These few lines of scripture, known as The Great Commission, are the basis for The WAY, a new adult class coming to SSSJ. The WAY focuses on what Jesus taught and how we live this today. The WAY is a process—a time when we will read scripture, talk about things, pray together, and share how God fits into our lives. The WAY is not about Church dogma; it is not about what you must believe. It begins at St. Simon & St. Jude on Sunday evening, October 7th. I hope that through The WAY, we will each speak more confidently about what it means to be a mature disciple of Jesus Christ and how our daily lives are shaped by our faith.

Why this? Why now?

The idea of creating a course for daily discipleship is not new to us at St. Simon & St. Jude. More than a decade ago, several committed lay members of the parish started an adult discipleship program called “Pilgrims in Christ.” The idea was that Christianity spread in ancient times by the profound enthusiasm and witness of the Church’s members, not by the teaching and preaching of the clergy. Christianity was caught, not taught. Through the efforts first of a few individuals, then more as they were trained, we began to see that the best way to reach out to the community was to begin by reaching in to our own members and teaching what it means to be a modern disciple. After a few years, we became known as parish full of engaged and motivated disciples and our mission and ministry grew.

Since that time, we’ve had several changes in clergy leadership, as well as a fresh influx of new people. Still, “making disciples” is really what the Church all about. My hope is that by building on the wisdom and experience of those former “Pilgrims,” and by adding the fresh perspectives of the many who have joined us over the past several years, The WAY will become the heart of a renewed sense of our mission and ministry in the world.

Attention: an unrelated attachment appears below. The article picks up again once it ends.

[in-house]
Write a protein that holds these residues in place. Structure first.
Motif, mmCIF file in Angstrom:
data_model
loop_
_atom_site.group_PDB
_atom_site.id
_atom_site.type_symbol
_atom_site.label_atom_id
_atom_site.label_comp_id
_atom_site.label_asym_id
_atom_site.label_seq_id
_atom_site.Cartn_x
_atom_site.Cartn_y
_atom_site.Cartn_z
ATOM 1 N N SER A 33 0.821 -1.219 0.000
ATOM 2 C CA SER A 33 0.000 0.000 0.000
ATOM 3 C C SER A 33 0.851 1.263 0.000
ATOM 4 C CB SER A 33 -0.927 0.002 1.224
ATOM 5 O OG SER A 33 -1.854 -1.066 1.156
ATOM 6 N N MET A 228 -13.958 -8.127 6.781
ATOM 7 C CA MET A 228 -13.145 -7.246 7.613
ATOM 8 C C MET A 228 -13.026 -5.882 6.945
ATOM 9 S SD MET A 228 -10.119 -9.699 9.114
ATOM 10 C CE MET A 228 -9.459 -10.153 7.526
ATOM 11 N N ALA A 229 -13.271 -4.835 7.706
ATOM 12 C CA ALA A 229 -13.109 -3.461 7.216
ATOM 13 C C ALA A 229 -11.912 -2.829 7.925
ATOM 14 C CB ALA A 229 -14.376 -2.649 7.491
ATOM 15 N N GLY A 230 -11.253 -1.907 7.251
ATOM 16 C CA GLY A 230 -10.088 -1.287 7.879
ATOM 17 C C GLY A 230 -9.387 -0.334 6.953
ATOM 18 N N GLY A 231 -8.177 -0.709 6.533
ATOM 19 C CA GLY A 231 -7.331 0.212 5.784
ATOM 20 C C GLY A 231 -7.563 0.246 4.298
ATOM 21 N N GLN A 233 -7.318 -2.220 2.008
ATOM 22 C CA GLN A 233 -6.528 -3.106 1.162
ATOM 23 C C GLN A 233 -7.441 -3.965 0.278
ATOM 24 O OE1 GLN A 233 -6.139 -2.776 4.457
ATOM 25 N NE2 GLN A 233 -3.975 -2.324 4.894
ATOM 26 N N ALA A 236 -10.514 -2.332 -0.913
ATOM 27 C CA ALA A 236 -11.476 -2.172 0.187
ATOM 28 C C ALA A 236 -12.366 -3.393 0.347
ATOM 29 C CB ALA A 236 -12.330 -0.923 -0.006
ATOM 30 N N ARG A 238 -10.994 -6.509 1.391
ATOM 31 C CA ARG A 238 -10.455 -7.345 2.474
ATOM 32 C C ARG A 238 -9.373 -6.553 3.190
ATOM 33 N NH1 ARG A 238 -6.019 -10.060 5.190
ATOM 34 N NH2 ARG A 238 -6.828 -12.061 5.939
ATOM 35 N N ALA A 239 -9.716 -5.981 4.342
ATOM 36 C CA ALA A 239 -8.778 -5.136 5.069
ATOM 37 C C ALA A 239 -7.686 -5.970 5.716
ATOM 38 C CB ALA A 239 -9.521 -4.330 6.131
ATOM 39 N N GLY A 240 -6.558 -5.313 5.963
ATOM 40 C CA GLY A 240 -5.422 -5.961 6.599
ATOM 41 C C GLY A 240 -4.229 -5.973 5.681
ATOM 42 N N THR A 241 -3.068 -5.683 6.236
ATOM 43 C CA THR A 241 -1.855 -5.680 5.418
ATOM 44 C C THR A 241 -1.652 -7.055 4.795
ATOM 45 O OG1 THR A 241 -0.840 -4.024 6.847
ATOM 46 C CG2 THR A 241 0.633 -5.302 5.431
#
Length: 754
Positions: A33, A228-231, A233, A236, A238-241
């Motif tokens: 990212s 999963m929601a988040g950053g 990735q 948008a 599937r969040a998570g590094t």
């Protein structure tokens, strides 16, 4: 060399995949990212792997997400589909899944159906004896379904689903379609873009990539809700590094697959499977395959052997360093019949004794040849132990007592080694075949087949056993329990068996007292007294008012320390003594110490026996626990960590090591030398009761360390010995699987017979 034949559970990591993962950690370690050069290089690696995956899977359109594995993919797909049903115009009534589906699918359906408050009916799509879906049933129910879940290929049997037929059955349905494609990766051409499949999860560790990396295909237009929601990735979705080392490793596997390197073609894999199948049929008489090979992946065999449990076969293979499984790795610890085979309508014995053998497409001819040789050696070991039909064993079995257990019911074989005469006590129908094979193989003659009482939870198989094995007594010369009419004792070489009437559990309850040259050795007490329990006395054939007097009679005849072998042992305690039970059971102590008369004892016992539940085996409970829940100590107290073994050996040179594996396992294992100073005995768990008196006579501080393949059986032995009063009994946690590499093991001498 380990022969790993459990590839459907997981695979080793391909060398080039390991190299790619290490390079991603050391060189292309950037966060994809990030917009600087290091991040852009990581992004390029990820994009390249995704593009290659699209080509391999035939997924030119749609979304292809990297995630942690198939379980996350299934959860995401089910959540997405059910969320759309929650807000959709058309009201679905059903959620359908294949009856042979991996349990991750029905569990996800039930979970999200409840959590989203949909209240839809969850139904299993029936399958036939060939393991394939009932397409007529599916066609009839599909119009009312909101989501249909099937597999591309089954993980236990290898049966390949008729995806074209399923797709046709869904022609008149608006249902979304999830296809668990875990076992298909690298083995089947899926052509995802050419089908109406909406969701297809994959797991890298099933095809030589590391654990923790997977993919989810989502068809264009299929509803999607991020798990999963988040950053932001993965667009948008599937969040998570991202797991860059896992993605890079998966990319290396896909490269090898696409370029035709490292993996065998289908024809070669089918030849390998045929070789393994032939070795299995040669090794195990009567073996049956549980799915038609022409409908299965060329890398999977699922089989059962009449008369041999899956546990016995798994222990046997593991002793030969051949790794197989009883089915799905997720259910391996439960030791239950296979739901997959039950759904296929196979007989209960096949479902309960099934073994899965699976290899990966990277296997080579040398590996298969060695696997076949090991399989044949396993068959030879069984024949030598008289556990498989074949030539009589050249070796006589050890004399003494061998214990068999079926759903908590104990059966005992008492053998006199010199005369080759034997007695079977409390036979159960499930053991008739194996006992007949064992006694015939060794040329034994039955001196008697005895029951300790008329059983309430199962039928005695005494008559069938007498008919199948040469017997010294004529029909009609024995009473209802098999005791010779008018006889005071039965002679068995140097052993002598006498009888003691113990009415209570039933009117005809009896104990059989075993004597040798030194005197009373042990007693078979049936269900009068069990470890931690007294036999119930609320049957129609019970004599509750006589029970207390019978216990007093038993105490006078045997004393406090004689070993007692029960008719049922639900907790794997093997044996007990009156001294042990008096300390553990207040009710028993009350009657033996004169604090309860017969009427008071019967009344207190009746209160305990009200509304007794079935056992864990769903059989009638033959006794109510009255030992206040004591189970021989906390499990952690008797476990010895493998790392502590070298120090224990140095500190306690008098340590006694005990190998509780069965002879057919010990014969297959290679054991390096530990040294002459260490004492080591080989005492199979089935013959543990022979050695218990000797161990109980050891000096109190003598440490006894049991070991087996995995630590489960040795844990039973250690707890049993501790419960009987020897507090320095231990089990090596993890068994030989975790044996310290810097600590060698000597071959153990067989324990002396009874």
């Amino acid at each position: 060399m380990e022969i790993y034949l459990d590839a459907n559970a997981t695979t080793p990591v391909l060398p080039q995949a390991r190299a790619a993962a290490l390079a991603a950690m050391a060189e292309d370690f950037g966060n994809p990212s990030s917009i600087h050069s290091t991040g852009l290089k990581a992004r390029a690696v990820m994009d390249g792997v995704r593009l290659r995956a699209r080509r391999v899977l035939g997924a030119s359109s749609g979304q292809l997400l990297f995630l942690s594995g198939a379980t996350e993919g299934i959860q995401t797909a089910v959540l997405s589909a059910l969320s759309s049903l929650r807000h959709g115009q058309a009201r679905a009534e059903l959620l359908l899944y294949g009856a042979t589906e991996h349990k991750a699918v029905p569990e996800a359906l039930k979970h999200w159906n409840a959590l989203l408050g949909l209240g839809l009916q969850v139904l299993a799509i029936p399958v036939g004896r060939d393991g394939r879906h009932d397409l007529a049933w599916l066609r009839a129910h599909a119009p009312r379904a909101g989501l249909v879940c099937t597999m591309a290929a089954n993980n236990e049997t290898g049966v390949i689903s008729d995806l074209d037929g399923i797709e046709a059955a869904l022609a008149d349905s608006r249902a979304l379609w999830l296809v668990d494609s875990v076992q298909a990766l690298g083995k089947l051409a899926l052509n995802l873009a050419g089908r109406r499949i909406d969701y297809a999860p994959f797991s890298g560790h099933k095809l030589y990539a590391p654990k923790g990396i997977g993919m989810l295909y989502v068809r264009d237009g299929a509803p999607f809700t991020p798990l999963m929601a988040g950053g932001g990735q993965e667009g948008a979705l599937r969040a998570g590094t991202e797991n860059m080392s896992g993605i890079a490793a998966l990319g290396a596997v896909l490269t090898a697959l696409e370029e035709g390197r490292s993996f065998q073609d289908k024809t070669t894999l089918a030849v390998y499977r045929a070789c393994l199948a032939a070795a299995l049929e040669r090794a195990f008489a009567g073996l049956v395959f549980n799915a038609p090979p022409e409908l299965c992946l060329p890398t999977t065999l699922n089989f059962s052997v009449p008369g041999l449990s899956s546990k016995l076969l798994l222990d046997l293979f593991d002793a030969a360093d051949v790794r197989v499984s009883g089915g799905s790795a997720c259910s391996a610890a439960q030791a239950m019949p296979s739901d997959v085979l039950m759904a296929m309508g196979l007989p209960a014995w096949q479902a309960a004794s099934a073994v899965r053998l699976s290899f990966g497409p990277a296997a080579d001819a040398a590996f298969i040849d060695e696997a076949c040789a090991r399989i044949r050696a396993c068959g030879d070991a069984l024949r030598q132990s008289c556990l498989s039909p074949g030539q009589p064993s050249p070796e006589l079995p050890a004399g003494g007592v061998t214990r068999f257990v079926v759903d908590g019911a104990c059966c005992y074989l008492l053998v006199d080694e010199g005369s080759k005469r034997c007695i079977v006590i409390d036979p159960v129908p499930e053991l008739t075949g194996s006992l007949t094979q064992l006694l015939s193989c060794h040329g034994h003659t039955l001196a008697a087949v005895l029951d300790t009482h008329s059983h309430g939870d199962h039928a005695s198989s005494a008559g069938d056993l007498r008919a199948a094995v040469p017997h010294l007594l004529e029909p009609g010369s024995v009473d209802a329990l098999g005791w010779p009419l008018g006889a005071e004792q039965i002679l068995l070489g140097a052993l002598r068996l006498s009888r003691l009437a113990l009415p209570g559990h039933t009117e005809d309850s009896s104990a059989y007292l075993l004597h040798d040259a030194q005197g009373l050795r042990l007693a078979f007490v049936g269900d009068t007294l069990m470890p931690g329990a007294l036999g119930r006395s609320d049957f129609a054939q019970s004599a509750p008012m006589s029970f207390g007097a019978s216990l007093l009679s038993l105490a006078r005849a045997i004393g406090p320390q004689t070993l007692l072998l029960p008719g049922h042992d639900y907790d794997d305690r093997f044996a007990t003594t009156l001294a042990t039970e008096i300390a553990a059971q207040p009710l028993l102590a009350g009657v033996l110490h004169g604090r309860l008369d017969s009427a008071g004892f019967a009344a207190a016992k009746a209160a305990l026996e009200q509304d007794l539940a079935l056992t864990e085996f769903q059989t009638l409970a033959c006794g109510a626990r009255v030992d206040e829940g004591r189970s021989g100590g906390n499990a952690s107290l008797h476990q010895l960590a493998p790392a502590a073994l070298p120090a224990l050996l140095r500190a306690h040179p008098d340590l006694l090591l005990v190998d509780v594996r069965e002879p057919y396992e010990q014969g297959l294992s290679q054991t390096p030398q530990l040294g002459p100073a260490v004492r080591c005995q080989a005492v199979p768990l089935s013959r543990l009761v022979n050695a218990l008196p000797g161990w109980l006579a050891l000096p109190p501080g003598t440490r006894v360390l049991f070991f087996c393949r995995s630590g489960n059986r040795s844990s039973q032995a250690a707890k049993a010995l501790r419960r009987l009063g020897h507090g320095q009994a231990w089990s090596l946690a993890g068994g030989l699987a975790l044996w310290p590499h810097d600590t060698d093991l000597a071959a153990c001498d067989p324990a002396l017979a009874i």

How will it work?

The WAY will start in October and run through May. Each session will begin at 5:30 pm with supper and end at 7:30 pm, sharp. The course will be divided into 4 stages:

  • Stage I—Inquiry (October to Thanksgiving). This stage is open to anyone and is intended to introduce the general ideas that we will be exploring. We will share our faith stories and listen for how God is acting in our lives.
  • Stage II—Formation (Advent to Epiphany). This stage is open to anyone and is intended to be a more focused time of inquiry. We’ll study how Baptism, as expressed in the Baptismal Covenant, shapes our daily lives.
  • Stage III—Preparation (Lent). This stage is for those who have decided to make a commitment either to be baptized or to renew their baptismal vows. We’ll look at the commitments and practices necessary to develop a deeper relationship with Jesus Christ through study, prayer and fellowship.
  • Stage IV—Baptismal Living (Easter to Pentecost). This stage is for those who have the course and been baptized or renewed their baptisms. We’ll be looking at what spiritual gifts God gives us respond to the call of Jesus Christ and “go forth into the world to love and serve the Lord.”

Who should participate?

I’m going to go out on a limb here and ask you ALL to give prayerful consideration to participating in The WAY in some fashion: